On the other hand, we talked to officials in Washington where the sentiment toward China is as opposite to Washington DC’s – just as the West Coast is opposite to the East Coast geographically.
You see, among all US states, Washington is most deeply engaged in international trade – and in consequence also most deeply intertwined with China. For example, Boeing, which is based in Seattle, exports a huge portion of its airplanes to China. In 2018, Boeing’s aircraft accounted for $11.4 billion or nearly 80% of Washington’s exports to China.
At the same time, many other huge corporations in Seattle – like Microsoft and Starbucks – have a huge presence in China as well. So any stoppage or reduction in the amount of trade between the US and China spells doom for these big corporations – and, by extension, Washington’s economy.
We already saw this during the trade war that erupted between the US and China before the pandemic, thanks to former US president Donald Trump. Between 2018 and 2020, US tariffs on Chinese exports grew by 6 times. Yet by 2019 it was estimated that the trade war had cost the US economy almost 300,000 jobs and at least 0.3% of total output (adjusted for inflation).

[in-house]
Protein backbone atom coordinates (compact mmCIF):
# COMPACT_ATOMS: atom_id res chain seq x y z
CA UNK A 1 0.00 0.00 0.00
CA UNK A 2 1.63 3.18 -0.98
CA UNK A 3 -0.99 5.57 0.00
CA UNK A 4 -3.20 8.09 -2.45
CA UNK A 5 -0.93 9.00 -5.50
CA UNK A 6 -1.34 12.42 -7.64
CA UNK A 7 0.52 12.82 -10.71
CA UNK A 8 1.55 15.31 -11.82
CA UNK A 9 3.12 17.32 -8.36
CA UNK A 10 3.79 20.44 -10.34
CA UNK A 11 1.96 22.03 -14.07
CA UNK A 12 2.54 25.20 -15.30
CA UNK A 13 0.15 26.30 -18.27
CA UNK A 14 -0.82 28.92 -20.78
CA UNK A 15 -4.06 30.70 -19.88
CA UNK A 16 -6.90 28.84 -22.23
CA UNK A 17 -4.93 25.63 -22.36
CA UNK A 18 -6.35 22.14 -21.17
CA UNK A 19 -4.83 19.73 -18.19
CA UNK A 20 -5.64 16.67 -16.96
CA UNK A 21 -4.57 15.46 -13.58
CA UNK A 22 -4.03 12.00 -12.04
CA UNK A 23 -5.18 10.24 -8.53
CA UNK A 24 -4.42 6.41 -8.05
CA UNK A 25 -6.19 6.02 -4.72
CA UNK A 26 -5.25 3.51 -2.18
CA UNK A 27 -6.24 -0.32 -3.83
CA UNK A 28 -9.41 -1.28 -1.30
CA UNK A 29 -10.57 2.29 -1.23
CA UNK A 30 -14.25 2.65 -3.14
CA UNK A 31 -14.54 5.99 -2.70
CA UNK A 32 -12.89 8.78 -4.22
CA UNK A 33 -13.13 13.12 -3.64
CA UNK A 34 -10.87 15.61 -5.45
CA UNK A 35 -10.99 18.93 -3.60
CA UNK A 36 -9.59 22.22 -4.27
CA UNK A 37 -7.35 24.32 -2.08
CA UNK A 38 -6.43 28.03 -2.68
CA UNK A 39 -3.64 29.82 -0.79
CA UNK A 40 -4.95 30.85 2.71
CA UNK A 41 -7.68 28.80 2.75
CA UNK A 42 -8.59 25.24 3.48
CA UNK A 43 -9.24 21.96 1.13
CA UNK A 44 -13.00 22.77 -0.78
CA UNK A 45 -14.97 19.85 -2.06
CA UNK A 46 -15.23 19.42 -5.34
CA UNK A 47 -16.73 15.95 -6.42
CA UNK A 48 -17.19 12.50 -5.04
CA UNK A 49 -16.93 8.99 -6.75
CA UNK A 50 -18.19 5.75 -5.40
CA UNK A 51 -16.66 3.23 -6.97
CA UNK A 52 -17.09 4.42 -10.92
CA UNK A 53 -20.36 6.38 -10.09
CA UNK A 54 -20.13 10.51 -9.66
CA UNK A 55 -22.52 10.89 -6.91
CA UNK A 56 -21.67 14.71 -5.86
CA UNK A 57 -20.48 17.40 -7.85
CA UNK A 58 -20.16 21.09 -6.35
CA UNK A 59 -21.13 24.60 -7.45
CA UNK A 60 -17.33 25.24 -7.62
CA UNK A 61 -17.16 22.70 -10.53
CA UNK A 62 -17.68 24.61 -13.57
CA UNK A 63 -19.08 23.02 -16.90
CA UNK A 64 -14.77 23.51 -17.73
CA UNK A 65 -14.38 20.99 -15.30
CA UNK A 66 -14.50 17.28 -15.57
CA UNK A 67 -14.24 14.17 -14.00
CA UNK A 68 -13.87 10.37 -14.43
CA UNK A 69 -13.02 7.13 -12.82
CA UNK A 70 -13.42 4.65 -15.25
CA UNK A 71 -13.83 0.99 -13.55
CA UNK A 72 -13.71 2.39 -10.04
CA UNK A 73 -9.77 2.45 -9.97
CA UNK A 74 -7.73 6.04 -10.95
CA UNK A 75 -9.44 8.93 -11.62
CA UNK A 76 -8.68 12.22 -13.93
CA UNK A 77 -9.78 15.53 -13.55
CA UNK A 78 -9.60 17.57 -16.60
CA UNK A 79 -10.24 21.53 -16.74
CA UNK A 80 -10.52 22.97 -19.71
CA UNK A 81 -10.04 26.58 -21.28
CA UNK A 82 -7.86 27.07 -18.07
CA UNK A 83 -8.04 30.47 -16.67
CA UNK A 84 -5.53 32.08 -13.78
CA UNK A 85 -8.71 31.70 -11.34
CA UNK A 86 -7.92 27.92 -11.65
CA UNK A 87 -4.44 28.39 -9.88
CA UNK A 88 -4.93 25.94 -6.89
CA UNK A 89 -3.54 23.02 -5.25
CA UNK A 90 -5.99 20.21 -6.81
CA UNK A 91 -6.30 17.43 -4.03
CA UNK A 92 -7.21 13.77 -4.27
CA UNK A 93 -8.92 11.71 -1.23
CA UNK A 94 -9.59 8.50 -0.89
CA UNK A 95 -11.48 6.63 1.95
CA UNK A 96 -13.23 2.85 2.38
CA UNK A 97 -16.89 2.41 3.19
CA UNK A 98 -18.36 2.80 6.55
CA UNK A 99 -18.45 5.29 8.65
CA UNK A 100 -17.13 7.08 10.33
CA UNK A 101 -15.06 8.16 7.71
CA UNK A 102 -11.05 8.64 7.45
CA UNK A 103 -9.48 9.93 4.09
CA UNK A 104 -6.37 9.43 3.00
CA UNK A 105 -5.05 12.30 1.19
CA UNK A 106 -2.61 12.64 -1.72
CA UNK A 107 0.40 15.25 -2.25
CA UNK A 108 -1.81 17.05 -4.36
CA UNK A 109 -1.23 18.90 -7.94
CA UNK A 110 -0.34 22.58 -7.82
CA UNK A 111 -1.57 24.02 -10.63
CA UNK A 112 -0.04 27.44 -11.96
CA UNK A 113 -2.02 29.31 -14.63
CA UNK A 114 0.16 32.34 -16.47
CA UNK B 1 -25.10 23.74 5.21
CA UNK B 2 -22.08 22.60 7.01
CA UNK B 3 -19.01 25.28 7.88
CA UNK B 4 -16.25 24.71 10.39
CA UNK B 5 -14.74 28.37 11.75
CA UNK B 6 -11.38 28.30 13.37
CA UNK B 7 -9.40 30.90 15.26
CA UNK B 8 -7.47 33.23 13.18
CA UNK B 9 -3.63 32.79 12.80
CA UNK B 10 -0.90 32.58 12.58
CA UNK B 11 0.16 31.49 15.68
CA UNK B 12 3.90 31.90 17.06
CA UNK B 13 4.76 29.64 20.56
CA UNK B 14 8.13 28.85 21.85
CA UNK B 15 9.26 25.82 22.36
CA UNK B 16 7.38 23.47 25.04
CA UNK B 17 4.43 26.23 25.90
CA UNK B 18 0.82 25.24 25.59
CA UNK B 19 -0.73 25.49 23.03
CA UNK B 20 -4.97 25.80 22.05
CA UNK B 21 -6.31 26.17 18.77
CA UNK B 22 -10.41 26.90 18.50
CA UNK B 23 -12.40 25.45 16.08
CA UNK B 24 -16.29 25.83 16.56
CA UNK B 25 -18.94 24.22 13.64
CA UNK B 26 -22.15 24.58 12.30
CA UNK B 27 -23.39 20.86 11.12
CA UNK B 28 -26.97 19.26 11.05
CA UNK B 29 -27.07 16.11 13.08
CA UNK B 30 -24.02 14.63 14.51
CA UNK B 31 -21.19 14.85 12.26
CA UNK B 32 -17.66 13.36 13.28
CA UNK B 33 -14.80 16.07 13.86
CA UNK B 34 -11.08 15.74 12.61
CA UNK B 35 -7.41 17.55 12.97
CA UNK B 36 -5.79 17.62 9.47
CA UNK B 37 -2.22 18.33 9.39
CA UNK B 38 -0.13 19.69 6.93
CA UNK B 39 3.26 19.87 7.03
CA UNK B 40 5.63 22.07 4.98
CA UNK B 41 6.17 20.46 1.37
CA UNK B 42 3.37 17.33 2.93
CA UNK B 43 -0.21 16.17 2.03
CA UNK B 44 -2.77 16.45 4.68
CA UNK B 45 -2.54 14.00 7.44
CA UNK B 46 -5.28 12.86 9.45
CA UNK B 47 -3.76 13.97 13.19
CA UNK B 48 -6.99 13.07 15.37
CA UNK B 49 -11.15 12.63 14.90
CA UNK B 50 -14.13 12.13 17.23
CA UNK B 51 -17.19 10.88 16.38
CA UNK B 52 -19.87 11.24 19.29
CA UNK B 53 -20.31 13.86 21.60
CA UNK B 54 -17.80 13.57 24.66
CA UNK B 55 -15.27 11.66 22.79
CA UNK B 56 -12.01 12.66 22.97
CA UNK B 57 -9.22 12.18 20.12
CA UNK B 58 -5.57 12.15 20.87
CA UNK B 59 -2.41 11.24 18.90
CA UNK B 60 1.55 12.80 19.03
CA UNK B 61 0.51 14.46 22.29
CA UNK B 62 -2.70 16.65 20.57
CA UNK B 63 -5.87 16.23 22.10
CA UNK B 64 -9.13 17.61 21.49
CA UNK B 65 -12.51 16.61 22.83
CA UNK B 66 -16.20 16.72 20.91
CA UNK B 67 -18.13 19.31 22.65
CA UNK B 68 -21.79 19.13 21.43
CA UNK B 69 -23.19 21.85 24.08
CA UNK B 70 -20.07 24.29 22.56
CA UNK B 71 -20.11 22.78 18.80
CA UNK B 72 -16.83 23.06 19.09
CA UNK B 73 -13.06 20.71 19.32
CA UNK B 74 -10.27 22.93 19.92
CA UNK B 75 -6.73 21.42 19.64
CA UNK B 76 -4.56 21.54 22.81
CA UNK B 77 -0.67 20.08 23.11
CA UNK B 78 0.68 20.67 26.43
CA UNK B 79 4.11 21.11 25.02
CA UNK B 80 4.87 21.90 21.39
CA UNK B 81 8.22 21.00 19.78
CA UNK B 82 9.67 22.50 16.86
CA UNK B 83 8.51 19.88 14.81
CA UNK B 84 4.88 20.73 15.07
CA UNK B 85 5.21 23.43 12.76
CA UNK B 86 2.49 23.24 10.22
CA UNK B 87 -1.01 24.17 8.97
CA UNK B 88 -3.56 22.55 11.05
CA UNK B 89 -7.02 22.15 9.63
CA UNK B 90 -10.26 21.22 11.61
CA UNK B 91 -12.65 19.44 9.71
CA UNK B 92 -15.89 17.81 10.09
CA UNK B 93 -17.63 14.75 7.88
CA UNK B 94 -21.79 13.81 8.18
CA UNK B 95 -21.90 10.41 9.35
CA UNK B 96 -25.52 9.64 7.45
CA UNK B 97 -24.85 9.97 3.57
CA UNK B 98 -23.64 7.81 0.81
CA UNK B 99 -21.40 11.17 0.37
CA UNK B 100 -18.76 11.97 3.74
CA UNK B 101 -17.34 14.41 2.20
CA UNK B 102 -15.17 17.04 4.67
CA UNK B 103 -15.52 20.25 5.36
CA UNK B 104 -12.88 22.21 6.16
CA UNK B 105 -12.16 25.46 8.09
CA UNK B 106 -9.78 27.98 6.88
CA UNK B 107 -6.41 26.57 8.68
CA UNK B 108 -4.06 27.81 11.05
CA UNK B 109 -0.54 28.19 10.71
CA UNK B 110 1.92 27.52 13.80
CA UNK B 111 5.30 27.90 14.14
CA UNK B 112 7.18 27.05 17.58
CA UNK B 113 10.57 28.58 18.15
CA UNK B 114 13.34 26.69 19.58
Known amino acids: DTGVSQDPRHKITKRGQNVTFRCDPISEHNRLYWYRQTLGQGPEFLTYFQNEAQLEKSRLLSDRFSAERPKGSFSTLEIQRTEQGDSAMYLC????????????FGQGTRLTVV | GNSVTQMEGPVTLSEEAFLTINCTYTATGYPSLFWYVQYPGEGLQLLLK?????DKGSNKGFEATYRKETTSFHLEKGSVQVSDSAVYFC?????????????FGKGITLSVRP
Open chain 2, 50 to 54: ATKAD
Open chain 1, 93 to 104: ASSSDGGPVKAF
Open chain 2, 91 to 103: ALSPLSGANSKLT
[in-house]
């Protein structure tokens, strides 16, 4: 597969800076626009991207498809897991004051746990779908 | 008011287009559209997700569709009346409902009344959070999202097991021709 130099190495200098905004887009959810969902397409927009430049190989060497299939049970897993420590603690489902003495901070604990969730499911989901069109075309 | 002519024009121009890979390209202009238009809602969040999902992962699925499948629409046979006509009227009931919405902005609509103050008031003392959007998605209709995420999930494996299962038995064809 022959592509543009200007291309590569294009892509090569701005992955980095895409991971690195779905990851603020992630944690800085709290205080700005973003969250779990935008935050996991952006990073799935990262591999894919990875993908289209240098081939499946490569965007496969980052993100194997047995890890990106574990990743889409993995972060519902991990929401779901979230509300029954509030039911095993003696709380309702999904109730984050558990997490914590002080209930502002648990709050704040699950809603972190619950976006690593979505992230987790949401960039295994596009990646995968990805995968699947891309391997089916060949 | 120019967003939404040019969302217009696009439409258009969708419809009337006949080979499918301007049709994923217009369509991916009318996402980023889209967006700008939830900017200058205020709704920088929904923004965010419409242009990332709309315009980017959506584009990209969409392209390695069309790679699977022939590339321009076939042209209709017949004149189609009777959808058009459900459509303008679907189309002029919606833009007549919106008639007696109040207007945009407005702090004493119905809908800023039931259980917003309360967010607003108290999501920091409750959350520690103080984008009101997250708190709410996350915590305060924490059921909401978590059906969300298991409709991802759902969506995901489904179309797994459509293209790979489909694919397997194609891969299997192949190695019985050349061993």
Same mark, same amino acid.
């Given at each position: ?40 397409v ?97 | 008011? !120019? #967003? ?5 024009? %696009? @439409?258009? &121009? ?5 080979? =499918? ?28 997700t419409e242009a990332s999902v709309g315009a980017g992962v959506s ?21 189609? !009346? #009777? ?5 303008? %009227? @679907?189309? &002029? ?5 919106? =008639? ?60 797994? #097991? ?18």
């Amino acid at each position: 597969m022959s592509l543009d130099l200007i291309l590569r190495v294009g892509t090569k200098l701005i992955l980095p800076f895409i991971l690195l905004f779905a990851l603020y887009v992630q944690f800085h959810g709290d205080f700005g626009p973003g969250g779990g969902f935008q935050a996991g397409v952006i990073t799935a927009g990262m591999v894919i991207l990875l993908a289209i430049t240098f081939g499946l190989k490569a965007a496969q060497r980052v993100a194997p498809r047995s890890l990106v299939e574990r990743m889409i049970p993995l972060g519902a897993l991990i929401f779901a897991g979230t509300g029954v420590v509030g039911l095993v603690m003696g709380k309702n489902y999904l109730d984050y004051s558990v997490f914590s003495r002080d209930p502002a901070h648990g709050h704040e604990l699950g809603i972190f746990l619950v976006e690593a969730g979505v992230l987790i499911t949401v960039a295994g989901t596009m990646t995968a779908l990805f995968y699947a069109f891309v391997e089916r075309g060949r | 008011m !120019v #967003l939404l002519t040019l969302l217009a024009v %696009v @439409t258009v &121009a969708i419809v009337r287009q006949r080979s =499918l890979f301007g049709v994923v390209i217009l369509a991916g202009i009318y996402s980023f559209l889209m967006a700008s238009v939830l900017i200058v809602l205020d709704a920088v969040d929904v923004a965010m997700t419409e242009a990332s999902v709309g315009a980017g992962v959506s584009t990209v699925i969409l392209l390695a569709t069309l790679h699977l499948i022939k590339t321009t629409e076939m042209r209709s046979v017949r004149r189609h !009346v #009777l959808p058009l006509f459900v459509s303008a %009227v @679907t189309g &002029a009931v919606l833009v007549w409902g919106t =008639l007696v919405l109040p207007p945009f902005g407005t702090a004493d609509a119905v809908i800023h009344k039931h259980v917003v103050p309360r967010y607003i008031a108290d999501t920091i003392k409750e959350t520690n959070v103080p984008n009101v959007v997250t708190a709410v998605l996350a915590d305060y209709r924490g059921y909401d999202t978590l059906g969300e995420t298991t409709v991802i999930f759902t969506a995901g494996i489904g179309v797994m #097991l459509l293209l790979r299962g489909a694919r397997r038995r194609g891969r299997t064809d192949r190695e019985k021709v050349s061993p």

As you can imagine, this had an outsize impact on Washington state’s economy – not just on aerospace exports, but also on the state’s top agricultural exports such as cherries and apples.
To abate the losses from the trade war, in 2019 the US and China entered into a “phase one” trade agreement where China committed to buy $200 billion worth of US goods from 2020 to 2021. But recent analysis showed that so far China bought only over half of what it committed and none of the extra $200 billion that Trump promised. This is not just because of the lower demand and supply chain disruptions brought about by the pandemic, but also because many of the trade links between the two countries failed to resume after the trade war started.
Of course, pro-China Washington state can do little to soften the anti-China policies of Washington, DC. And this has been a source of frustration among Washington state officials and also corporations. At the very least, it’s interesting to see such a contrast unfold between the two Washingtons – federal and local.